What Is a Sober Coach?

What Is a Sober Coach?

Definition of a “Sober Coach”

A sober coach is trained in addiction recovery and inspires people to lead a healthy, sober lifestyle. They remove the barriers and challenges to recovery so that people are more likely to stay on track with their goals and prevent relapse. Sober coaches are a relatively new development in addiction treatment, and they have already shown themselves to be a valuable asset.

A sober coach can be a great addition to your care team if you start your recovery journey. Sober coaches are usually former addicts themselves who have been through the recovery process and understand the challenges that come with it. They use their knowledge and experience to help others overcome their addiction.

Depending on their needs, sober coaches work with their clients one-on-one or in group settings. They create personalized plans that address the unique challenges of each client. Coaches also provide accountability, guidance, and support throughout the recovery process. They help their clients stay on track by setting goals and helping them to identify potential triggers for relapse.

The Difference Between a Sober Coach and a Therapist

Sober coaches are available 24 hours a day to offer guidance and support to those struggling with substance abuse. They can also meet with families to address enabling or codependent behaviors.

Unlike most therapists, sober coaches are also often willing to travel to meet with their clients, which can help those who live in rural or isolated areas. In addition, sober coaches may also provide sober companion services, including accompanying clients to social events or appointments and helping them avoid triggers that may lead to relapse.

Benefits of Working With a Sober Coach

A sober coach provides one-on-one support for people in early recovery from addiction. The sober coach’s role is to help the client transition from treatment back to their everyday life and provide support and accountability during the early stages of recovery.

A sober coach can help you deal with the common triggers that may make it more difficult for you to resist returning to the old habits of drinking or drug abuse. These might include anxiety, depression, fatigue, physical discomfort, coming across someone you once drank or used drugs with, or feelings as simple as boredom or loneliness.

Your cravings to use might be intense during the first week or two of sobriety, but they will eventually lessen in intensity and frequency. A sober coach can help you manage your cravings and work through any underlying psychological issues that might be contributing to your addiction.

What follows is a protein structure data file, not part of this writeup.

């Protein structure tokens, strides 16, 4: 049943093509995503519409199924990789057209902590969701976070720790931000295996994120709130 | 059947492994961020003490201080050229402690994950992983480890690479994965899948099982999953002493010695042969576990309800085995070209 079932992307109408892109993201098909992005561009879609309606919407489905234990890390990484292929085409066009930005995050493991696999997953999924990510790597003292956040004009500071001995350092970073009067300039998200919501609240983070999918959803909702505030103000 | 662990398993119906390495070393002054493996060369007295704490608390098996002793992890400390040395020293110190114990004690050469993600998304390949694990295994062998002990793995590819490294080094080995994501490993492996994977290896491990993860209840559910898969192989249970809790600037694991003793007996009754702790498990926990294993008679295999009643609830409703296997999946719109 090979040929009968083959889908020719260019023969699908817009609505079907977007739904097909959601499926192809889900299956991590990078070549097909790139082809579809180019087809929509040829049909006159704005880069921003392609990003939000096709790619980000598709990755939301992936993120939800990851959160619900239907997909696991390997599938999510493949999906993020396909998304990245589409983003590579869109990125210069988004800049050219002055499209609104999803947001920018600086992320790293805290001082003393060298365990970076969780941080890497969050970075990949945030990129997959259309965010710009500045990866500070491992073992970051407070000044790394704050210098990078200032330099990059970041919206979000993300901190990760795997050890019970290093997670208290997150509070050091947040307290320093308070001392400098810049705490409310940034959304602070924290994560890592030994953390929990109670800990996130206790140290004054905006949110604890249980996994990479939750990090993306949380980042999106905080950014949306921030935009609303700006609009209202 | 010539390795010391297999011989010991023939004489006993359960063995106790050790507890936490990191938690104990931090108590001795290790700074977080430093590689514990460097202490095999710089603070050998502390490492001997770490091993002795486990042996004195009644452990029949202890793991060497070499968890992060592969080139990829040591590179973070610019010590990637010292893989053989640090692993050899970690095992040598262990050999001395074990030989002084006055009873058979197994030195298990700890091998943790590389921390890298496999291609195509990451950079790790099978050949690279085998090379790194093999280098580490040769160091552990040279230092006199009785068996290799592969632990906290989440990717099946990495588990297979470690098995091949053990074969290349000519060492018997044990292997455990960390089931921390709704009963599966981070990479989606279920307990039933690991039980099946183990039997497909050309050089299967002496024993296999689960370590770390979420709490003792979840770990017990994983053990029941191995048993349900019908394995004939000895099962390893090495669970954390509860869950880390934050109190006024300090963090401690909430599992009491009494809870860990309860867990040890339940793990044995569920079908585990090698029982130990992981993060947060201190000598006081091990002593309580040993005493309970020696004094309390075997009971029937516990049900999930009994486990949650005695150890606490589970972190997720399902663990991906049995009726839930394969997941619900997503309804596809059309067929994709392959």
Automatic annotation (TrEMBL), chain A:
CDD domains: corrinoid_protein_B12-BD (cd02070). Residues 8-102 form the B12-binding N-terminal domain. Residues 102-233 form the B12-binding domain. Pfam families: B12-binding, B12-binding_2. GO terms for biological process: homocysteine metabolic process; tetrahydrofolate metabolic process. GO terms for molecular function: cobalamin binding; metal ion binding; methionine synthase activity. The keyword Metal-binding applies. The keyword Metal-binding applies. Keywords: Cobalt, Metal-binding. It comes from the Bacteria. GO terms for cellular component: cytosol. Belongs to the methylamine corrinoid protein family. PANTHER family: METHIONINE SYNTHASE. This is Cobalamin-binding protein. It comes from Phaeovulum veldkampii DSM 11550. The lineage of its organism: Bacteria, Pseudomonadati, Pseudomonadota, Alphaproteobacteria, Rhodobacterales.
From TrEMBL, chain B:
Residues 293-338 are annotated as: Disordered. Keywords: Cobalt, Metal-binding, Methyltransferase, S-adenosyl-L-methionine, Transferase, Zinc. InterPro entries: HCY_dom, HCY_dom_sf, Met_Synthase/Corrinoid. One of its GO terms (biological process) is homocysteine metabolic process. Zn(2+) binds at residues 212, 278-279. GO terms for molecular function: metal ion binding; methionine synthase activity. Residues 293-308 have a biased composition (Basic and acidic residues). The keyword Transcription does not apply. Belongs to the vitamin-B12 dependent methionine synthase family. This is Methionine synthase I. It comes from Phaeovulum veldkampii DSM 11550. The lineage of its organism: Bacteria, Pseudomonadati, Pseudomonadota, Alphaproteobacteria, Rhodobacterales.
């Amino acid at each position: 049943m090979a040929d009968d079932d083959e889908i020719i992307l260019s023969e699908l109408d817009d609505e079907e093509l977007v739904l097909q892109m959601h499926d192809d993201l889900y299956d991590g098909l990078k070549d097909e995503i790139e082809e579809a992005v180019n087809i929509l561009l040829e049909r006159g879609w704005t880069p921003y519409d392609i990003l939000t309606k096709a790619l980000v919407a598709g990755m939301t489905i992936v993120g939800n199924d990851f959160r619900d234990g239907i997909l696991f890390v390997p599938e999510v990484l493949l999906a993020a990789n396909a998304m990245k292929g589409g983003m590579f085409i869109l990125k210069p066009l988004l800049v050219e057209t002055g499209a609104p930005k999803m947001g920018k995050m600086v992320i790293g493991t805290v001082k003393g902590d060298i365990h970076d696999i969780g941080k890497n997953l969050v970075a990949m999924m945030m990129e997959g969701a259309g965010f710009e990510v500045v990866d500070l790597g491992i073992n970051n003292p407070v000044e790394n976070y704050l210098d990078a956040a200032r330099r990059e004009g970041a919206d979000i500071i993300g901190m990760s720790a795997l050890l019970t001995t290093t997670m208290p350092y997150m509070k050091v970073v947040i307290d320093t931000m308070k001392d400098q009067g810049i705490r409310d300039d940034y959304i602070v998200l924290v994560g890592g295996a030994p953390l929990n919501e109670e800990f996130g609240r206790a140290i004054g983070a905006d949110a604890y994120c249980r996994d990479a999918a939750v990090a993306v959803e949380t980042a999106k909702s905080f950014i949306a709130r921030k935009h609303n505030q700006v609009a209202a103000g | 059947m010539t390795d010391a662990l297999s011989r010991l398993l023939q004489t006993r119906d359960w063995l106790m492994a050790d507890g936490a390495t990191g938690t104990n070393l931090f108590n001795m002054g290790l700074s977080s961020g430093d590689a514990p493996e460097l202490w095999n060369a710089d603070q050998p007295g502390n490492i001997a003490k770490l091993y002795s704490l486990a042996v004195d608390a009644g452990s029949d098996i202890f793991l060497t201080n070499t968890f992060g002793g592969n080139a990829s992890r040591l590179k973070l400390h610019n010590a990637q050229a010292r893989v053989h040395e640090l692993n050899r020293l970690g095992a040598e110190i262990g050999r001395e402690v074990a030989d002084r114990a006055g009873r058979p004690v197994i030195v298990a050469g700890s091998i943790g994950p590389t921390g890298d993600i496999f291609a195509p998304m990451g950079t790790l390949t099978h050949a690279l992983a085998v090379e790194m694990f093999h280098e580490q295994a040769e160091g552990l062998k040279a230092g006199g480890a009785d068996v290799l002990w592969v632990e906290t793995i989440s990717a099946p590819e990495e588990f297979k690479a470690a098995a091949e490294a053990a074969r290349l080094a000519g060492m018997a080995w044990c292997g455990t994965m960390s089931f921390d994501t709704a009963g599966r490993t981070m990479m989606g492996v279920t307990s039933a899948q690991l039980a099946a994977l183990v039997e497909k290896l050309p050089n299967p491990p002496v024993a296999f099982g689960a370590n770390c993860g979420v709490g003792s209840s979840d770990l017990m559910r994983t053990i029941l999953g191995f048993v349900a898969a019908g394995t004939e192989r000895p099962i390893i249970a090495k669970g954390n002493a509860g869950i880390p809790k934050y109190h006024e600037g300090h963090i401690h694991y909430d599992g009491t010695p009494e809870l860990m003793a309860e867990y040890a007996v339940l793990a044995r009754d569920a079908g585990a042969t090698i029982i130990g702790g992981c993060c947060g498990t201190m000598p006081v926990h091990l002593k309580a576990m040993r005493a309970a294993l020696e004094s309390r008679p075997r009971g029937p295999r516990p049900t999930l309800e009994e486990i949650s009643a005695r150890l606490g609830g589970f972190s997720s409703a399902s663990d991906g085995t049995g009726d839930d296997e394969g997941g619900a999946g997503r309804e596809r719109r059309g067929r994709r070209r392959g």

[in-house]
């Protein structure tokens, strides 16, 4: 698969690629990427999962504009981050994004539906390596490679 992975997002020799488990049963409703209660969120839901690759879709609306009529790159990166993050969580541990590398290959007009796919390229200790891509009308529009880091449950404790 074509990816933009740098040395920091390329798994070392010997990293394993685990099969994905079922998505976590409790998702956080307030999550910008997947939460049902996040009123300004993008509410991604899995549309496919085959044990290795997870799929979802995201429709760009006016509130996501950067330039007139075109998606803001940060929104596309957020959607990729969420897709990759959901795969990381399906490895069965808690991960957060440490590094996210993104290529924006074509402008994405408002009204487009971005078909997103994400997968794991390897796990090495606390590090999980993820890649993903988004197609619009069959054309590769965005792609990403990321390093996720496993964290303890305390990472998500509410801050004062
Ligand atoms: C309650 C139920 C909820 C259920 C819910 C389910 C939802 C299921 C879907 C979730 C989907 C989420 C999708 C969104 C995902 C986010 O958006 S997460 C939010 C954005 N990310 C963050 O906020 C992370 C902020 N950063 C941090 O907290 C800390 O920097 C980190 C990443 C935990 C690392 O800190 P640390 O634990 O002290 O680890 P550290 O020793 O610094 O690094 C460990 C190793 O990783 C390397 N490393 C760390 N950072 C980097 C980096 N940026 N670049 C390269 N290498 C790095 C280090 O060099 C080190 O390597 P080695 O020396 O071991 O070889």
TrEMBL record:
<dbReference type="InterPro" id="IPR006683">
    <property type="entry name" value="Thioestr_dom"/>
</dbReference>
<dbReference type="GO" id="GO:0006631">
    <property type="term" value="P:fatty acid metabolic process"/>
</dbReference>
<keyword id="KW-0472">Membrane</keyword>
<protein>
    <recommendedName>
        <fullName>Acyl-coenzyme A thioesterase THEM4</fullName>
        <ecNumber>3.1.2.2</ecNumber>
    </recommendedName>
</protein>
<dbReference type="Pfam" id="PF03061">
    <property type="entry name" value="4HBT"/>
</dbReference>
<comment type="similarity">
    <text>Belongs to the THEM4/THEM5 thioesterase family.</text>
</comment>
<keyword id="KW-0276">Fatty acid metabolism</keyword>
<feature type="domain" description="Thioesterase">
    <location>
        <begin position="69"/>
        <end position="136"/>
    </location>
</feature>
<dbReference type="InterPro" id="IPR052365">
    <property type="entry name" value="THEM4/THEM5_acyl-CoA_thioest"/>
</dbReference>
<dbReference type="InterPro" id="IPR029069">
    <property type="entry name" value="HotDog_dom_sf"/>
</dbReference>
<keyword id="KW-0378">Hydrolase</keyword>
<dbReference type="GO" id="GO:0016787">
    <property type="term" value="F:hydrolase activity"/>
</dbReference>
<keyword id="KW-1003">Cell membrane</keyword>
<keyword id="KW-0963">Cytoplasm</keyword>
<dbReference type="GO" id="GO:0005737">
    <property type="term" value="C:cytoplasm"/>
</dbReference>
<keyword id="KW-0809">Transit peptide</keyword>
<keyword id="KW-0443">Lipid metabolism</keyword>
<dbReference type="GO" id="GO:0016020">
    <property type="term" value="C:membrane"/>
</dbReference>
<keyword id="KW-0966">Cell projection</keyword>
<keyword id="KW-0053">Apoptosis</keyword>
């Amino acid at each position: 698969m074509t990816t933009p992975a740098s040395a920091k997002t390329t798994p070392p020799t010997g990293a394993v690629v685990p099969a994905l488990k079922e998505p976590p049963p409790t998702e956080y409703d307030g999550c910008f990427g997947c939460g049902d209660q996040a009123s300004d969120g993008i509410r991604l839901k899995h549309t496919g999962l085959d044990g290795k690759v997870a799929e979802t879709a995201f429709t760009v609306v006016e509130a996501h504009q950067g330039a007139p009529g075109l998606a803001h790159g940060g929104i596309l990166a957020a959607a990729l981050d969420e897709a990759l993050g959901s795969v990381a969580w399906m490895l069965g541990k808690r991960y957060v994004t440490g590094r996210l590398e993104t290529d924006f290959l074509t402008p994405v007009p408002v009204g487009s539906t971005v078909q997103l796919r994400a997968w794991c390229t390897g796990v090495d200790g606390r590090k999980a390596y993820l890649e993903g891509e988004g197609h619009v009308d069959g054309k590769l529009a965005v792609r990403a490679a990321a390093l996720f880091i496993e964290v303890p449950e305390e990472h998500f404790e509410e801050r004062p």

In addition, a sober coach can help you develop new sober coping skills and find sober activities that are enjoyable and rewarding. Finally, if you are committed to staying sober, a sober coach can be an invaluable asset on your journey to recovery.

Sober coaches are not a substitute for treatment, but they can be an essential part of recovery. They can provide support and guidance when other meetings are not available, and they can help identify and avoid triggers that could lead to relapse.

Limitations

While sober coaches can be a helpful addition to someone’s recovery journey, it’s important to be aware of their limitations.

Sober coaches are not trained counselors or licensed professionals, and as such, they may give advice that is unproductive or even unethical. Coaches are not clinicians and therefore cannot provide clinical care or therapy. They are also not able to prescribe medications. Additionally, because sober coaches are not insured, people will need to pay them out-of-pocket, which can become expensive.

While sober coaches can provide support and guidance, they should not be considered a replacement for professional treatment.

It is also important to be aware of boundary issues when working with a sober coach. Sober coaches are not trained to handle confidential information and should not be considered a replacement for a therapist or counselor.

Do Your Homework

If you are considering using a sober coach, be sure to discuss your expectations and needs with your coach to ensure that they can meet your needs.  Be sure to do your research and choose someone who is reputable and has experience working with people in recovery.  Ask about their background, training, and areas of expertise. Ask them about their recovery philosophy to see if it complements your own.

Most importantly, find a coach who is a good fit for you. Don’t be afraid to “fire” your sober coach if you find they are not helpful. Instead, find someone you feel comfortable with and who you can trust to help you achieve a fulfilling life in recovery.

Sober coaching is a popular adjunct to traditional recovery programs, but it’s crucial to understand the limitations of sober coaching before embarking on this path. Sober coaches are not licensed therapists, and as such, they are not bound by the same HIPAA confidentiality laws. This means that sober coaches can freely share information about their clients with family, friends, and employers- without the client’s consent. In addition, sober coaches are not held to the same professional standards as licensed therapists. Therefore, they may not have the training or experience necessary to effectively address the complex issues that often arise in recovery. As a result, sober coaching may not be the best choice for everyone in recovery. Please speak with a licensed therapist to ensure that it is the best practice for their individual needs. For more information, call Restoration Recovery Center at (888) 290-0925.

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